Congresswoman Gwen Graham said Monday that her constituent service efforts had helped people in her North Florida district secure $2.5 million in government benefits — and her thriftiness in running her office helped her return $375,000 in unspent money to Congress during the past two years.
“Our office is an example that you can get a lot done and still be fiscally conservative,” the Democrat said during a news conference at Tallahassee City Hall, where she maintains a district office.
Aides said it would be her final meeting with reporters before leaving office early next year.
“We made constituent service or No. 1 priority,” Graham said. So much so that she has discussed its importance with Neal Dunn, the Republican from Panama City elected in November to replace Graham in a radically redistricted Congressional District 2.
“I will work with him on that,” Graham said. “I hope he continues that focus on constituent services. Because, of all the things you do in Congress, there is nothing more important that helping people back home. I have had that conversation with him I know that, in his heart, he wants to do the same.”
Graham said her office helped constituents secure $489,000 in Social Security, Medicare, and Medicaid benefits; $293,000 in Veterans Administration benefits; $118,000 from the IRS; and $100,000 in Deepwater Horizon claims.
Of her office’s operating budget, Graham in prepared remarks that, “with smart management, government can provide essential services to help people while also being fiscally responsible.”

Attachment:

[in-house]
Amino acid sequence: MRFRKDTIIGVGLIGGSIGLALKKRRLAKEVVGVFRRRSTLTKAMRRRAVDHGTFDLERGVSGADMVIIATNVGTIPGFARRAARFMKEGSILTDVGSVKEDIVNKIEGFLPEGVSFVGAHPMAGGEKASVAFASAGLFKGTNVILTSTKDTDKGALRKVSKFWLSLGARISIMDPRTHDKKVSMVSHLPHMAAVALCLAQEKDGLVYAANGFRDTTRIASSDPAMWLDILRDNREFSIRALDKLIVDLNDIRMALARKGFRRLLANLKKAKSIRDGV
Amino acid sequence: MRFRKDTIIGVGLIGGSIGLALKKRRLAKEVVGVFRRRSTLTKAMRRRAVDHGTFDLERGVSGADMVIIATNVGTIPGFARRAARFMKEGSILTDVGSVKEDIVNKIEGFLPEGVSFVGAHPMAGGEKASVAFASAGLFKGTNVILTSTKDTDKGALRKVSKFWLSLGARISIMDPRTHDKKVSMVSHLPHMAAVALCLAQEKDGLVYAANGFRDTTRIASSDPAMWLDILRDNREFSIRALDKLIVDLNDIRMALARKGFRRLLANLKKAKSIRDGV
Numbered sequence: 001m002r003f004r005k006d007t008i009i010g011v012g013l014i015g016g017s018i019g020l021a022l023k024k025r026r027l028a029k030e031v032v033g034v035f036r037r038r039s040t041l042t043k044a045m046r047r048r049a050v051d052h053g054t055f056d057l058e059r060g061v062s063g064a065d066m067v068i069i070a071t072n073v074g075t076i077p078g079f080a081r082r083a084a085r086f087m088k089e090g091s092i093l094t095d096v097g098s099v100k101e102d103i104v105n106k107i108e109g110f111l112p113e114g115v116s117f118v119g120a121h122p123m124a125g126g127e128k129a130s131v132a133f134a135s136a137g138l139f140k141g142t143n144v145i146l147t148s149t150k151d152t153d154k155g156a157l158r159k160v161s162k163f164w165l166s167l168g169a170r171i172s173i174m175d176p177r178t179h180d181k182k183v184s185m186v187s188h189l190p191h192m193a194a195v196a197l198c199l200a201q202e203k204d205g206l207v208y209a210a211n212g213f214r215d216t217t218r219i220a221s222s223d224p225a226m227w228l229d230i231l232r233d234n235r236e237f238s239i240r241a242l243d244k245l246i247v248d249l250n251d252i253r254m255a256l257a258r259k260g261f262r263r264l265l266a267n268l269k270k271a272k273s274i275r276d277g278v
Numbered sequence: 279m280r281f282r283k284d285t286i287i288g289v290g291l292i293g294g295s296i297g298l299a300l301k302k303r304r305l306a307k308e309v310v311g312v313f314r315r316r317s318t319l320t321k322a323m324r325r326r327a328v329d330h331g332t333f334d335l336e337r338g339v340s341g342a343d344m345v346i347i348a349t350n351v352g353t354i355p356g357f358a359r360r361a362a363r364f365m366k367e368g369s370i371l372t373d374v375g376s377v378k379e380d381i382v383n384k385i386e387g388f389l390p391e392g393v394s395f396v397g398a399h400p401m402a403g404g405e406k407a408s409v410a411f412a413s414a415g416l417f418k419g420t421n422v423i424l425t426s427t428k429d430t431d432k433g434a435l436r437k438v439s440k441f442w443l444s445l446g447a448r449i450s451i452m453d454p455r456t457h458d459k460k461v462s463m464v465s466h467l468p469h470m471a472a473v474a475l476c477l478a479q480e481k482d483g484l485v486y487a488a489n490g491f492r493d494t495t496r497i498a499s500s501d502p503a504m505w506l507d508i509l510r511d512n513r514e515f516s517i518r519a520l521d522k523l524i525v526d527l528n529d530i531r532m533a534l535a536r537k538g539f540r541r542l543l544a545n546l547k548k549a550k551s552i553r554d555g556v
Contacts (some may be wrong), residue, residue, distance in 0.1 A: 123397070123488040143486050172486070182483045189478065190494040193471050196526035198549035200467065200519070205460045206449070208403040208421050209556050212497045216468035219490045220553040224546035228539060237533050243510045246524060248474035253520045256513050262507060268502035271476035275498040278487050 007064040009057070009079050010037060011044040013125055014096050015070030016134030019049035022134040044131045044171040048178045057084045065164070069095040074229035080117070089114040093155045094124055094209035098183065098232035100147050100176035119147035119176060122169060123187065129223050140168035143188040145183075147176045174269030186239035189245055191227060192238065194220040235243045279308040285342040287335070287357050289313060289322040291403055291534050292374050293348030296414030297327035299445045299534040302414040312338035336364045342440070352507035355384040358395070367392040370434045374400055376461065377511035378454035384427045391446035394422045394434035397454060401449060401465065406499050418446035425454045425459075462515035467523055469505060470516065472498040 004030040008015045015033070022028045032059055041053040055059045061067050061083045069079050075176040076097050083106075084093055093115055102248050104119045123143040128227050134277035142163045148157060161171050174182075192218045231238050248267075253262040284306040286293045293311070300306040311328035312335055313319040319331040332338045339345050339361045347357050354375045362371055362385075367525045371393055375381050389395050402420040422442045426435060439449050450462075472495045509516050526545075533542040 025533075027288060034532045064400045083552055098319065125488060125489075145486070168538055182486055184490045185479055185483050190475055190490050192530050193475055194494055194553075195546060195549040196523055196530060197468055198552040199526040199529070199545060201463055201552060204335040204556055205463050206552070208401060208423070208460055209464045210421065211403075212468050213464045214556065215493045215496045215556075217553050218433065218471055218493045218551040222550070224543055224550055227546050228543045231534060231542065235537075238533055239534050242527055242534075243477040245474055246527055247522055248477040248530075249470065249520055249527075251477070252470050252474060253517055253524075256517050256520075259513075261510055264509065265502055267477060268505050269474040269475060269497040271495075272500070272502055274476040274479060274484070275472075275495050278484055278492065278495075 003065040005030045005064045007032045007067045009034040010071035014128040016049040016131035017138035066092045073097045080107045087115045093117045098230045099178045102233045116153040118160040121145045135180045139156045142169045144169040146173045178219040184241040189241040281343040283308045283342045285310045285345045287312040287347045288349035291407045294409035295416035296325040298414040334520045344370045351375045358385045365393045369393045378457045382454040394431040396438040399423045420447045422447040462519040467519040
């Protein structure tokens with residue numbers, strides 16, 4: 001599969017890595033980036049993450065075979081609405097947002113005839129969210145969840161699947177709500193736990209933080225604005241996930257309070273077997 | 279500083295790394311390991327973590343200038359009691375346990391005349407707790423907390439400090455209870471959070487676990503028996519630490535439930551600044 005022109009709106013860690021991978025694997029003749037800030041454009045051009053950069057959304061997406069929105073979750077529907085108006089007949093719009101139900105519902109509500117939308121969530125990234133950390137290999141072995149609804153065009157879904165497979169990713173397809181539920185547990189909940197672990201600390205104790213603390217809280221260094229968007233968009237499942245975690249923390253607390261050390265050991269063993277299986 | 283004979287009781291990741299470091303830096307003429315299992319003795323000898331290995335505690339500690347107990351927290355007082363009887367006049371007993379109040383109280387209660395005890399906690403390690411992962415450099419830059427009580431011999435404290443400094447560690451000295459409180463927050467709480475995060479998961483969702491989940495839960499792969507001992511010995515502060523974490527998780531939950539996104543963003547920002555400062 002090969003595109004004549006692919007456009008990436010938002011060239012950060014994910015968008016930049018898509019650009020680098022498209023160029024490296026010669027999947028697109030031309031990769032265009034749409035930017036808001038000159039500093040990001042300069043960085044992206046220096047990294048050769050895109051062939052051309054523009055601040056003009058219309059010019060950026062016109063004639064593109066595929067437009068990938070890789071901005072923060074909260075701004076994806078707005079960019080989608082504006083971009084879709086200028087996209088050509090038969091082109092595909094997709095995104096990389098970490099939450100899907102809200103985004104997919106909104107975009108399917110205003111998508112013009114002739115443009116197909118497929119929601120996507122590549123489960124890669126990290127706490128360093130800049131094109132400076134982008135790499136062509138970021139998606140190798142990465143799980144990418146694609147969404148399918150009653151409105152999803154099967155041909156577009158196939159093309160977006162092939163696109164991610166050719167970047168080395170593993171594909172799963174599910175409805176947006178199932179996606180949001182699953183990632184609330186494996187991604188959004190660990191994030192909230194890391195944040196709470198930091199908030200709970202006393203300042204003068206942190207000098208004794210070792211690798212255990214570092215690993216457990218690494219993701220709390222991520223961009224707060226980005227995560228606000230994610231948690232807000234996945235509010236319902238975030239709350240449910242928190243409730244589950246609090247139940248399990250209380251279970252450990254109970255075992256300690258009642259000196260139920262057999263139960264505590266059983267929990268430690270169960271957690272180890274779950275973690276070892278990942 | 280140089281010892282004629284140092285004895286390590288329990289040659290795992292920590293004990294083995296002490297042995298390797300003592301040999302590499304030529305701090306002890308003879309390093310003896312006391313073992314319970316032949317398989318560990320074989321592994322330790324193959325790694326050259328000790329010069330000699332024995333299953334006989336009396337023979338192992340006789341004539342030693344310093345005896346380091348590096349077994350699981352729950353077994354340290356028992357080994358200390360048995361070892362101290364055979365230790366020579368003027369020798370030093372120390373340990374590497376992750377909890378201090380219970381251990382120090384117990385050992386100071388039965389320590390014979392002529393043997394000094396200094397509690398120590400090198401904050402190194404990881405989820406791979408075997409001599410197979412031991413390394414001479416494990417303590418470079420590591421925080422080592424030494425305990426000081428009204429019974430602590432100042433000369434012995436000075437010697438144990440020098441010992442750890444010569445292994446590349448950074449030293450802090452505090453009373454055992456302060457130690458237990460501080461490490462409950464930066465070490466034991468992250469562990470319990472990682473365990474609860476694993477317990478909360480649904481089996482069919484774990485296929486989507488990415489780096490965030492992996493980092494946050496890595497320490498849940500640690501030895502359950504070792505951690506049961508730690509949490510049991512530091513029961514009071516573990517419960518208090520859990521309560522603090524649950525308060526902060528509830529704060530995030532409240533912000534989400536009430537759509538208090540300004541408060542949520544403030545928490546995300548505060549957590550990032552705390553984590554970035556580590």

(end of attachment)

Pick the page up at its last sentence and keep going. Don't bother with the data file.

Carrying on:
Graham has made no secret of her plans to run for governor in 2018, but also that her husband’s diagnosis with Stage IV prostate cancer might prove a complication. Steve Hurm, her husband, is due at Moffitt Cancer Center in Tampa this week for tests.
Asked about it Monday, Graham said: “My husband said to me today, ‘Do not make this about my cancer.'”
She added: “Life does throw you curve balls sometimes, but there is no one who is a bigger supporter of mine than my husband. I am looking forward to what the future holds with him by my side.”
When can we expect an announcement?
“Don’t worry — it’ll happen sooner rather than later.”
Graham previewed the outline of the case she might make to voters.
“For 20 years, there has been a Republican dominance in state government. I think that has really hurt the state of Florida,” she said.
She hopes to “put aside partisanship. Put aside politics and just work together with good people,” she said.
“We have a lot of serious issues in this state. If I make the decision to run — and, again, I’m clearly falling in that camp of knowing we need to have a Democratic governor in 2018 — what I bring will be very beneficial to our state’s future.”